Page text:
July 2016

Personal Branding Basics

By Randolph Reliford

Assistant Dean for Career Development and Employer Outreach, Whittier Law School

No matter what area of law you practice, it is important to build a personal brand. But why? It is time consuming, confusing, and takes effort. For many, communicating the fact that they have a brand can seem awkward. Some may even argue that their co-workers, colleagues, or friends don’t really care about that stuff anyway. Before I began working in career development, I may have agreed with all of the above statements.

The truth is, however, people quickly judge other people. Fairly or unfairly, potential clients, potential employers, or co-workers will judge you based on a variety of factors to determine what they should expect from you. In other words, if you don’t make and communicate your brand, people will make it up for you. Guess what? To the people with whom you work, you already have a personal brand. Unless you’ve been purposeful about developing and communicating it, there can be a large disconnect between your perception and their perception of your brand. So, what is your brand?

Simply put, your brand is your unique selling proposition.1 What do you offer to the world that other people do not offer? Distinctively, how will you help clients or an employer make or save money? Base your brand on the real you and make sure that your thoughts, words, and actions back it up. Your target audience (clients and the people with whom you work) should be able to anticipate that you will perform in that manner all the time. They should feel an emotion when you are around and understand the unique value you bring to the table.

Aside from combating the judgment of others, developing your brand makes a lot of sense. First, it will enable you to deliver an impactful message to potential clients and colleagues about why they should hire or work with you. Having a genuine, well-prepared message will make writing an advertisement or cover letter, delivering an elevator speech, or interviewing much easier. Second, setting people’s expectations and then delivering on your promise can build trust and loyalty. Much like great products, your brand followed by repetitive excellent delivery of your promise, should drive repeat business. Third, if communicated properly, your brand will help friends and co-workers refer work or opportunities back to you. After all, people who have a positive experience with you will want to help you get work or find clients. They feel good about passing along a great lawyer to their friends.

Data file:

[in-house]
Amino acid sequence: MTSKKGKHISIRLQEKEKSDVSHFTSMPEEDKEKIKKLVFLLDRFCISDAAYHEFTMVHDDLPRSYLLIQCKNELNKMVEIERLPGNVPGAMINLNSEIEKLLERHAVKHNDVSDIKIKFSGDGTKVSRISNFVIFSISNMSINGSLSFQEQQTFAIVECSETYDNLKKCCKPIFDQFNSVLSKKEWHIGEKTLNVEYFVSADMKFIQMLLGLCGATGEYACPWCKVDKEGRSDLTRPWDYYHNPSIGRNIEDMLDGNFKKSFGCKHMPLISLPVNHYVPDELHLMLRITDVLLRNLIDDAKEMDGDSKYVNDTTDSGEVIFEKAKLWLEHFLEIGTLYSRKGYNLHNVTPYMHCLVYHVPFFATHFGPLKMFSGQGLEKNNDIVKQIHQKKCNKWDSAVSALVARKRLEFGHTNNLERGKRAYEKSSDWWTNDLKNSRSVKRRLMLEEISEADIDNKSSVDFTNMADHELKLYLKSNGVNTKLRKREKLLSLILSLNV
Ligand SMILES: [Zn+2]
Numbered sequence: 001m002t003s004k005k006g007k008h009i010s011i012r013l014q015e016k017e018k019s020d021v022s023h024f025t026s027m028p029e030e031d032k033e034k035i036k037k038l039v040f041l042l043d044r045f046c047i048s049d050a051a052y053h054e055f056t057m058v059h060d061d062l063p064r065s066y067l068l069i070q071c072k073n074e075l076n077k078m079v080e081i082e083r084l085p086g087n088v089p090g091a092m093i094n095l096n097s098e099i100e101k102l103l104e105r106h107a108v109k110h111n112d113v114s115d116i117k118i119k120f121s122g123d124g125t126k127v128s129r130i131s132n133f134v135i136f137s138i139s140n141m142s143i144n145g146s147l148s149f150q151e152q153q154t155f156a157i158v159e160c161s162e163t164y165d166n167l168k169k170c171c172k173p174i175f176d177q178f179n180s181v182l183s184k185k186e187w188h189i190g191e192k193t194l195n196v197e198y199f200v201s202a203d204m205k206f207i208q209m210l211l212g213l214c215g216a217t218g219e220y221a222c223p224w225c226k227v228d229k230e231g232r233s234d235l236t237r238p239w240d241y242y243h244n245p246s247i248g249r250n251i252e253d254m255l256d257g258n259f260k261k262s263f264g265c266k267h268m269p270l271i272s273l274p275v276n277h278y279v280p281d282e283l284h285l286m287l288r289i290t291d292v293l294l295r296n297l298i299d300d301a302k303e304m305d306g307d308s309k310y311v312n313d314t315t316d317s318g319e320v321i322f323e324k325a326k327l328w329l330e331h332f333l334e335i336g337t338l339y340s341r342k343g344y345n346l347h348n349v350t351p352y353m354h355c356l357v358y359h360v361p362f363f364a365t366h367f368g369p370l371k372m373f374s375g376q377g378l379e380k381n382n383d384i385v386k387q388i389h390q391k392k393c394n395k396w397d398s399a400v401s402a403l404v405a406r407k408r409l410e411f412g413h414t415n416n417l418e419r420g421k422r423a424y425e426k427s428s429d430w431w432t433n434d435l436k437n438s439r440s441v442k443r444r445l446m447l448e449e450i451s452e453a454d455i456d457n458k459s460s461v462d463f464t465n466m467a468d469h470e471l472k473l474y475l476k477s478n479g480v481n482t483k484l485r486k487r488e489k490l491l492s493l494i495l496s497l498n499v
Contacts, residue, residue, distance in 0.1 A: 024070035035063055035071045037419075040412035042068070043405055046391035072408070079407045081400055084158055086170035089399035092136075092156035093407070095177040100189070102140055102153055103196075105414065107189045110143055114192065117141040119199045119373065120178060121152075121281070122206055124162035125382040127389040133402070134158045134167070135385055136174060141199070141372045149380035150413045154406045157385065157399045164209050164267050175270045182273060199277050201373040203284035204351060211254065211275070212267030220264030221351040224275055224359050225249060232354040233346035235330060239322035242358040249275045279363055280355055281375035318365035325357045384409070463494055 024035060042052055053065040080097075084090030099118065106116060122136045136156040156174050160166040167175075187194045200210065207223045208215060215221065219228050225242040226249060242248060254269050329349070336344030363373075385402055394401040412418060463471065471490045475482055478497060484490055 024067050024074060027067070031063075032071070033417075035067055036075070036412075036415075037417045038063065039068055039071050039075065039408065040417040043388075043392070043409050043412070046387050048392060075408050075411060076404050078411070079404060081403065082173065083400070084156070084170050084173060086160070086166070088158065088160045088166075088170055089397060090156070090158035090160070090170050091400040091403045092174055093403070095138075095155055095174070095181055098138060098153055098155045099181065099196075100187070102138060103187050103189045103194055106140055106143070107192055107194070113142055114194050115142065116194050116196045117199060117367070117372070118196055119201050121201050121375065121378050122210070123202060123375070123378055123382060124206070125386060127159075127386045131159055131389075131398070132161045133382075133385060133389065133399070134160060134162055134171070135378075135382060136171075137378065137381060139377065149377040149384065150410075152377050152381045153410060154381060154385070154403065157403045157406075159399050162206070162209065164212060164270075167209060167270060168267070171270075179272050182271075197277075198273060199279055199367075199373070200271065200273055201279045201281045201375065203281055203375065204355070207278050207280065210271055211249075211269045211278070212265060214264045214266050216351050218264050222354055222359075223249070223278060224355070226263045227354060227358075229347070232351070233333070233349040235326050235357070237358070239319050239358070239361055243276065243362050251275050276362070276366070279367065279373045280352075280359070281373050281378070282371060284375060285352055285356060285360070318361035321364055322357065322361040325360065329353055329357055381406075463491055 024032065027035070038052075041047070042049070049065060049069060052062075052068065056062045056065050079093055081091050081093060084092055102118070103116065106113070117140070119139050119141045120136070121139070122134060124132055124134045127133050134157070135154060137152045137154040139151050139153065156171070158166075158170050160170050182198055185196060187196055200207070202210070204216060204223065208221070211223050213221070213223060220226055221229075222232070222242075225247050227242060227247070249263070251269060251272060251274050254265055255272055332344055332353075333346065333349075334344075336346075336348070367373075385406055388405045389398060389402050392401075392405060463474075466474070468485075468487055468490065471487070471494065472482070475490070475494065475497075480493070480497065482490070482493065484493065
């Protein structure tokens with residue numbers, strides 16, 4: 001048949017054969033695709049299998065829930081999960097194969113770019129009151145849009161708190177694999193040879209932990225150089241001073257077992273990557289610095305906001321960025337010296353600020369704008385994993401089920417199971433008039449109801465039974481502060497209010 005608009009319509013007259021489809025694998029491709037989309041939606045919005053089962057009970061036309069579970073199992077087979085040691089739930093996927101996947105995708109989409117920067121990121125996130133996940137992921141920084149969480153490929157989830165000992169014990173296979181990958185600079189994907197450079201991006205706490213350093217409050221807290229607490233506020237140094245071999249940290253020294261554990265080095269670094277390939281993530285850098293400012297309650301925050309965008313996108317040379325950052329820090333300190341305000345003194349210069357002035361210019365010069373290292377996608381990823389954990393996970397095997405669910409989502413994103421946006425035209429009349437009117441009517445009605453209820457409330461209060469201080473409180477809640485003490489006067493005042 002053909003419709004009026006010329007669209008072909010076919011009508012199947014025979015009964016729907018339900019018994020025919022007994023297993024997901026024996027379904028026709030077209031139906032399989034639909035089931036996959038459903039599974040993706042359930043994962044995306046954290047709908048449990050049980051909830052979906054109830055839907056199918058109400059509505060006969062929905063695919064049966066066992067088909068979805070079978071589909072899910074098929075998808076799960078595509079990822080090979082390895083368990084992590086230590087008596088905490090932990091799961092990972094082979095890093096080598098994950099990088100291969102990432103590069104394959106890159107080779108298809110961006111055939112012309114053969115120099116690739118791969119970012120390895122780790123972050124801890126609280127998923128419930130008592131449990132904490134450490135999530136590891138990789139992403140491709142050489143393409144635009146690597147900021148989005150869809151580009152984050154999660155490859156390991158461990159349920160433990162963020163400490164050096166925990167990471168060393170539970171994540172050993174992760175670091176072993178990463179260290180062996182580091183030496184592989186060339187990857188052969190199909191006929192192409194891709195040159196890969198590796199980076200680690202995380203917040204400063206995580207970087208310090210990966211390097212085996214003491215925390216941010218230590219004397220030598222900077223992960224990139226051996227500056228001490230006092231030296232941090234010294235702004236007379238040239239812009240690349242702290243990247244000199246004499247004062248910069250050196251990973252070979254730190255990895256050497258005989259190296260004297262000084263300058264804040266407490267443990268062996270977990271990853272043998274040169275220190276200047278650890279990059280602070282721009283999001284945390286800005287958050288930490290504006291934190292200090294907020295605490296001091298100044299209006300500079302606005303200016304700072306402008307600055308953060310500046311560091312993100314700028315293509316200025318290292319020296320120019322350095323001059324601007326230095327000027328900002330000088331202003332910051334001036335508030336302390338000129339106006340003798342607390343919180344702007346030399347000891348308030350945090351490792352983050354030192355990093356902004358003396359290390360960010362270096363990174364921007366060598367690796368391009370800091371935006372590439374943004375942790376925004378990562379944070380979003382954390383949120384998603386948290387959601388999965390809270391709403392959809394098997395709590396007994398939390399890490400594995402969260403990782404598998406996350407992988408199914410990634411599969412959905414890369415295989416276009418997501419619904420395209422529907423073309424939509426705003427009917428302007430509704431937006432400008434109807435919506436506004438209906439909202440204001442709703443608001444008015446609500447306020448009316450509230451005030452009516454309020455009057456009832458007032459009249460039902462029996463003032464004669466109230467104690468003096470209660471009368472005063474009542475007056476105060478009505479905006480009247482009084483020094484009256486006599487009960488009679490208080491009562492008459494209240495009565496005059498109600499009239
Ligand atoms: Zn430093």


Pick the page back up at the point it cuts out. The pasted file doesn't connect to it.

You must check to see whether your current brand is the brand you want. In other words, what kind of impact do you have on people now?2 Ask yourself what you want to be known for and identify the problems (legal or otherwise) you solve the best. Then take a short poll of some friends. Ask how they would describe you, in five to seven words, to someone at work. Also ask for which problems (legal or otherwise) would they seek your advice. If their answers do not match yours, then you need to work on developing and communicating your brand.

Many students and attorneys I’ve spoken with have a difficult time articulating their skills, talents and values on their own. Trust me, you are not alone if you too have trouble articulating them. Experts suggest using a combination of skills, talents, knowledge, values and passion to develop your brand.3 Identify your biggest successes and think about what you did to achieve them.

Also, think about which things come natural to you. If you have not done so, you may wish to take a talent or values-based assessment to provide you with the correct framework. Assessments are powerful because they will provide you with excellent language around your skills, talents, or values. I use an assessment called Strengthsfinder to help people understand their unique blend of talents. I also use a quick values-based exercise that can help put words to the ideals you hold in the highest regard. Once you have a grasp on the words to describe your talents and values, it becomes much easier to take the remaining steps. 

After you decide what you want to be known for and thought about the value that you want to provide, give some thought to the emotion you want people to experience.4 How do you want people to feel around you? Do you have any emotions that you want to trigger in people, like safety or trust?  

Your next step is to determine the right audience for your brand.5 Who do you intend to target? Research that audience. Who needs you? How can you reach them? What do they read? How do they make spending decisions? 

Armed with the knowledge of your audience, write a short personal branding statement that encompasses what you want to be known for, how you will communicate it to your audience, and how you will deliver value to them. If you get stuck here, do an internet search for personal branding statements. You will find several templates with good draft language that you can customize. 

Though there are several steps, personal branding is not difficult. Remember, you already have one. Crafting the right brand you want and communicating it to the right people may seem complicated at first, but it is worth the time investment. To guide you through the process, discuss branding with a mentor who has a strong brand or your career advisor. You can also reach out to me for help. 


1 (Llopis, Glenn, 3 Ways to Most Effectively Communicate Your Personal Brand, 2013)
2 (Goddard, Gabriella, Power Up Brand You, 2007) 
3 (Goddard, 2007)
4 (Citroen, Lida, Reputation 360: Creating Power Through Personal Branding, 2011) 
5 (Citroen, 2011)